In the eighth grade, Ashley Drew decided to keep a secret. It wasn’t an embarrassing crush, sneaking out past curfew, or any of the everyday cover-ups of middle school life.
It was her lungs.
Ashley, 23, of Scarborough is one of 30,000 people in the United States with cystic fibrosis, a genetic condition which spurs infection and scarring of lung tissue, making breathing difficult and eventually impossible. Now, after keeping her affliction a secret for years, Ashley needs help. She needs new lungs.
Ashley ran track, played volleyball and attended band camps as a child. She played wind instruments and eventually mastered the piccolo, tenor sax and flugelhorn.
Then Ashley got a lung infection and rumors spread. Kids treated her differently. Her field trip group, worried she was contagious, asked her not to go to Quebec with them. CF isn’t contagious — and she went to Quebec with a different group.
That’s when she decided to keep her condition a secret.
“I didn’t want people saying, ‘There’s Ashley Drew,’ and then lowering their voices to say, ‘She has cystic fibrosis,’” Ashley said.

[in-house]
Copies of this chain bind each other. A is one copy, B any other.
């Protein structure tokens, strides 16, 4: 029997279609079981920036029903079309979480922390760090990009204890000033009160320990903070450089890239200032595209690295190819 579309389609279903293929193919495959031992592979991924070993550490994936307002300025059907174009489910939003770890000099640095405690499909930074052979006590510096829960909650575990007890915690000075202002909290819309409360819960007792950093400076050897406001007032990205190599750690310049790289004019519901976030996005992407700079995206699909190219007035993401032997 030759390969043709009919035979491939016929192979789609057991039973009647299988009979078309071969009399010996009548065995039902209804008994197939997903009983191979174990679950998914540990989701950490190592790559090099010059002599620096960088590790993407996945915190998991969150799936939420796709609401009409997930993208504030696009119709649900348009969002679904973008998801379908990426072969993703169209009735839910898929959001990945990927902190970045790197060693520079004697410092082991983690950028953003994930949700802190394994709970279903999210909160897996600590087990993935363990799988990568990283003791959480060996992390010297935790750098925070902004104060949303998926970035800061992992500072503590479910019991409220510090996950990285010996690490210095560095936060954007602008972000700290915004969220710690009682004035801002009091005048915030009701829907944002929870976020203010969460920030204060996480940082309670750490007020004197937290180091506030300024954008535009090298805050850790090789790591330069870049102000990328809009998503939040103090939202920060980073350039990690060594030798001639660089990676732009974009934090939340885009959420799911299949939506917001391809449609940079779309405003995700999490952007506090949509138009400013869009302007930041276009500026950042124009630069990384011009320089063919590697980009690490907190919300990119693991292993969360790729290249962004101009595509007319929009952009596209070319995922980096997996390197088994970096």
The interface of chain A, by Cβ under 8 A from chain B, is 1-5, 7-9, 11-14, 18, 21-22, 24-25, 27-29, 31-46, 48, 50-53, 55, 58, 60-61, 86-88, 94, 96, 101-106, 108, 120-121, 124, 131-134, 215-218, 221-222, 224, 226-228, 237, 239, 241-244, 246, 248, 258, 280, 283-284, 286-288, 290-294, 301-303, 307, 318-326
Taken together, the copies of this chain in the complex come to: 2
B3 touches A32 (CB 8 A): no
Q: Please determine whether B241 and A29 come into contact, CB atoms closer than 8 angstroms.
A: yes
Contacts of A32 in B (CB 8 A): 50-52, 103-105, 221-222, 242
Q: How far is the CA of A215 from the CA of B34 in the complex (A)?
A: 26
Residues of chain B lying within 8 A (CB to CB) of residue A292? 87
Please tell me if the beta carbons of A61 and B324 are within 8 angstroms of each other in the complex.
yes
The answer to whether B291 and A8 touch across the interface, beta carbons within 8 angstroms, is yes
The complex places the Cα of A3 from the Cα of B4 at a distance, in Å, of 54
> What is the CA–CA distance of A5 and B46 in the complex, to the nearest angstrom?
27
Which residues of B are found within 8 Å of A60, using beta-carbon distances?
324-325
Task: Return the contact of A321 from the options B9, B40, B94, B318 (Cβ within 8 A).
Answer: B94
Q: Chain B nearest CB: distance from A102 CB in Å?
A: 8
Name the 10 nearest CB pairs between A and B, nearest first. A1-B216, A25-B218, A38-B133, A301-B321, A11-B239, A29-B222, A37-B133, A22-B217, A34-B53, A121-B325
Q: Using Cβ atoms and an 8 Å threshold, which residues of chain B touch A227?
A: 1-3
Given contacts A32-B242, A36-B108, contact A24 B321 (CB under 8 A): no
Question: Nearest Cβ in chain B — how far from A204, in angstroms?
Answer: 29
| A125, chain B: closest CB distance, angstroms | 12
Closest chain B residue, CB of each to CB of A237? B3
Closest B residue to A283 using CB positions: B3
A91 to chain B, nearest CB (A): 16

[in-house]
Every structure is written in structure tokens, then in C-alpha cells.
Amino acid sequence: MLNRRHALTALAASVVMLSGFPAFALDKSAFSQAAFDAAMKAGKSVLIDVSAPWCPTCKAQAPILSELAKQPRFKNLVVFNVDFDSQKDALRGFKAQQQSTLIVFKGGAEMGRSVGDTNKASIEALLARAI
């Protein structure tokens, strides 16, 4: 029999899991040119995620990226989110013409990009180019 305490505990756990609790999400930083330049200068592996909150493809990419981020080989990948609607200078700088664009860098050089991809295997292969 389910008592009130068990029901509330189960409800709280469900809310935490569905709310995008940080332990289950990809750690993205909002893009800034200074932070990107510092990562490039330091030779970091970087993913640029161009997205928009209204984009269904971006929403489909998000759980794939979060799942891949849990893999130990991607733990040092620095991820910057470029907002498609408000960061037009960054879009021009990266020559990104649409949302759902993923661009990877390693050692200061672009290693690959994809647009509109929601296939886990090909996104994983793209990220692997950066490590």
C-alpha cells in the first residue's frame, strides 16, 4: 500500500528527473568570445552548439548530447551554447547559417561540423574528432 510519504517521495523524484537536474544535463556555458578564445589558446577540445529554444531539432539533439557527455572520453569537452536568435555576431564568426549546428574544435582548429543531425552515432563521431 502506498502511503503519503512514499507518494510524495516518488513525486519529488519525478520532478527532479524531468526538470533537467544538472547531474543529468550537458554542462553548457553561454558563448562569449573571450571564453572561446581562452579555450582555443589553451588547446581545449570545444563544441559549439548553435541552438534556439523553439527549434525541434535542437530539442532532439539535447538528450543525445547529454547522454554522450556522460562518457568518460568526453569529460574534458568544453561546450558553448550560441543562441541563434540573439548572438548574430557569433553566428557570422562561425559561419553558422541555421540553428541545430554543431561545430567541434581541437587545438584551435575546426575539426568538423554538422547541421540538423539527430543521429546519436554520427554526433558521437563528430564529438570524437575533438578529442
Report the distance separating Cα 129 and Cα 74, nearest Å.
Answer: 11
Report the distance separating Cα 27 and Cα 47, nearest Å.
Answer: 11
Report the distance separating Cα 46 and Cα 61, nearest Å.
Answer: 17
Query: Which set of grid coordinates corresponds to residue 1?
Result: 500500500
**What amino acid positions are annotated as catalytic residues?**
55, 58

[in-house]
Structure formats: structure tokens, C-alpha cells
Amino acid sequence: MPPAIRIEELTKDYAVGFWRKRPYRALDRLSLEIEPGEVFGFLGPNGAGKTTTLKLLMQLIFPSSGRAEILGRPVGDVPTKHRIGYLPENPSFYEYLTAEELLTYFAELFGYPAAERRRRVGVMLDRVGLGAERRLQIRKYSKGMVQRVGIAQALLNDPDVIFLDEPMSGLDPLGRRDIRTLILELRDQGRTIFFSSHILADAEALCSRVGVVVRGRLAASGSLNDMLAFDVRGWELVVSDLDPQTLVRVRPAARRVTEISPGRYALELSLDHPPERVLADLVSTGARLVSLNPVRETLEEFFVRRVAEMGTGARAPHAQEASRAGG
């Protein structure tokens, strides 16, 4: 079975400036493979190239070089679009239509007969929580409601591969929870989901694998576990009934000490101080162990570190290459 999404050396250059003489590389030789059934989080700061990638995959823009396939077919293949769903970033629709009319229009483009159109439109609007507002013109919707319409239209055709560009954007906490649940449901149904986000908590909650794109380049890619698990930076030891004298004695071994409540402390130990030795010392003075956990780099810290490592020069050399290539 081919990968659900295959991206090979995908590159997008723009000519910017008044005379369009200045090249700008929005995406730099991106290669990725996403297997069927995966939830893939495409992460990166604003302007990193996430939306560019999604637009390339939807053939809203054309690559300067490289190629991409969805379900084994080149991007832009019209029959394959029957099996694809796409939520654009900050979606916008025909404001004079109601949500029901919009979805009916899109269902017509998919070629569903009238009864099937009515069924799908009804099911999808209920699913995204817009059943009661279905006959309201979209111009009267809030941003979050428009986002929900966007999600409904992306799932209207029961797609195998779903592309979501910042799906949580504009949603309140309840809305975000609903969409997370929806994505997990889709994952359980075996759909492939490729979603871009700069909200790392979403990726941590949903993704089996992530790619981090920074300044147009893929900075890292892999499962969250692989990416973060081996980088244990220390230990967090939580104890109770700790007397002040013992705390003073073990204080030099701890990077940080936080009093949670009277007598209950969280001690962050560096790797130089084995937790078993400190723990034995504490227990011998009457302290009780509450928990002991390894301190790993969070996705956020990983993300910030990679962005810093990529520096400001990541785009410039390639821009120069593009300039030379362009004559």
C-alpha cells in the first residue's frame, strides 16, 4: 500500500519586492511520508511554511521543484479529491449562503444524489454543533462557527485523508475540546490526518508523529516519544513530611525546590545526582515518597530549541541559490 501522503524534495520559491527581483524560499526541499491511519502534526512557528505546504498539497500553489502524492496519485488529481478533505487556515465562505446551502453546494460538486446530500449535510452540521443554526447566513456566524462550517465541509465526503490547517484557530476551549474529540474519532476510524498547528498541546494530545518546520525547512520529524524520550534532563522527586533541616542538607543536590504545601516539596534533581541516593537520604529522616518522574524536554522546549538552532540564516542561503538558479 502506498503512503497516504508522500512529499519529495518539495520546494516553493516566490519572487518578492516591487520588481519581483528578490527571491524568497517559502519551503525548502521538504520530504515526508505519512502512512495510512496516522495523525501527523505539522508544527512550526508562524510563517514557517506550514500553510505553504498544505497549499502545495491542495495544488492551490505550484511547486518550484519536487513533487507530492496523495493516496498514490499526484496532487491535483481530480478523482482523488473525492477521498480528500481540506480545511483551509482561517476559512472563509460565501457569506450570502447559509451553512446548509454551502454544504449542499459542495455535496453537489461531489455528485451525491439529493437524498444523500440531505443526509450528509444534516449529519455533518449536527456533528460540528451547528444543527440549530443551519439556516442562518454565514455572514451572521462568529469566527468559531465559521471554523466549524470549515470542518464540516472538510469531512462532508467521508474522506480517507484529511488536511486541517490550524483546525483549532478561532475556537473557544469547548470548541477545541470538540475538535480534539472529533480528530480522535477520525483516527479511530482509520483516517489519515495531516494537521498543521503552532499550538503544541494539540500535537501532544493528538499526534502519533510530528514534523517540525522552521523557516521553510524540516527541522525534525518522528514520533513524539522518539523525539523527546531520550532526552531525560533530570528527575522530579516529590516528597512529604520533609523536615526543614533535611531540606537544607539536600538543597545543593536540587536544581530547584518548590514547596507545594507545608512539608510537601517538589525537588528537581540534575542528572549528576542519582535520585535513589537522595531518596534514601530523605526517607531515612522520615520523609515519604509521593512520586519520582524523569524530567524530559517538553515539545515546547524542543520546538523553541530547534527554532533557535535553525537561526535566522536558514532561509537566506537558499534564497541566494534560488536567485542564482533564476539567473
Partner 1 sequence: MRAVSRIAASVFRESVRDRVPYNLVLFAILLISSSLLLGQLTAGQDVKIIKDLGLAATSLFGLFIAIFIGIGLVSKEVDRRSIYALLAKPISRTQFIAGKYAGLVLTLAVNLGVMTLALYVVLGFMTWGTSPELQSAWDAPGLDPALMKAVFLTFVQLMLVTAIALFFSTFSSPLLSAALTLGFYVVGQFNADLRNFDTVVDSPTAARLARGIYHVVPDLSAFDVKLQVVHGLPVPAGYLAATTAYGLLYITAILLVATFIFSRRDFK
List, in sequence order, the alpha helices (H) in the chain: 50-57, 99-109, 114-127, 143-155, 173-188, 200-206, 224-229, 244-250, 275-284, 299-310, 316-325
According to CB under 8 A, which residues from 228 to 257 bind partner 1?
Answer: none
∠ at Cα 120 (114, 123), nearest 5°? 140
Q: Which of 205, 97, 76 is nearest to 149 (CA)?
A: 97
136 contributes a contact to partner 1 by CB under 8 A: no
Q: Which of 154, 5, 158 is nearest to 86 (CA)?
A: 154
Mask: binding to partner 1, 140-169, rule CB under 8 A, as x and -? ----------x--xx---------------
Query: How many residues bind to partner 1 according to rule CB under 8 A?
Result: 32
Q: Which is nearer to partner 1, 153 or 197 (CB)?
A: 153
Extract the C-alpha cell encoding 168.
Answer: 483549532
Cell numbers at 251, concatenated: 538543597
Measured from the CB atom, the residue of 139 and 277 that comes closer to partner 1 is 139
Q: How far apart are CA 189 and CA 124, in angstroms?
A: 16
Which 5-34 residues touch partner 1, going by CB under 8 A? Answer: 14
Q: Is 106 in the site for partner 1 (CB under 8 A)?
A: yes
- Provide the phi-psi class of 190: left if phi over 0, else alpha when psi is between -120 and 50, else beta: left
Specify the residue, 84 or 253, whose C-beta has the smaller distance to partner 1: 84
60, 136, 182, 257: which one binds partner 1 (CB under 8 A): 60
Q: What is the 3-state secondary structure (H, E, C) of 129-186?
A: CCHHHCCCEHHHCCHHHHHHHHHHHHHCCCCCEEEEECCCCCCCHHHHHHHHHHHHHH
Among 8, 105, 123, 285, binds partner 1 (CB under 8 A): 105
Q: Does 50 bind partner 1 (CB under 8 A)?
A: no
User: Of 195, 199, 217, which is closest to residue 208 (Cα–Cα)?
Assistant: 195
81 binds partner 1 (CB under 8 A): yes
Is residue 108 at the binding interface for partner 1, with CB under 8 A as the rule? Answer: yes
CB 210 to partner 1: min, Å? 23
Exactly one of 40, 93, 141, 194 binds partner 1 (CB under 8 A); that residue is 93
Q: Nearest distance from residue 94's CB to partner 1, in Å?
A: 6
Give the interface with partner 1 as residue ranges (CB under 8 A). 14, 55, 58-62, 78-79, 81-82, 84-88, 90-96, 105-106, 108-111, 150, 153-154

Keeping her secret was difficult through high school and while attending the University of Maine. She uses a nebulizer daily to help her breathe. She has to swallow or inhale 15 medications a day, many to help her digest protein. On good days, she spends an hour in a black vest that inflates like a blood pressure cuff and then drums against her to shake phlegm from her lungs.
For Ashley and others with CF, these treatments make normal lives possible. In 1955, CF was expected to be terminal by the start of grade school. According to the Cystic Fibrosis Foundation, the life span for people with CF has increased, and in 2008 the median age had risen to 37.4 years.
At the University of Maine, Ashley practiced four hours daily and took on leadership positions in the UMaine Symphonic Band. Striving to meet the expectations of other musicians, she exceeded them.
“Even though no one else knew what I was proving, I knew what I was proving,” she said.
Music always came first. In spring 2008, her temperature hit 101 and she needed to be hospitalized. She fretted: She was scheduled to perform that week.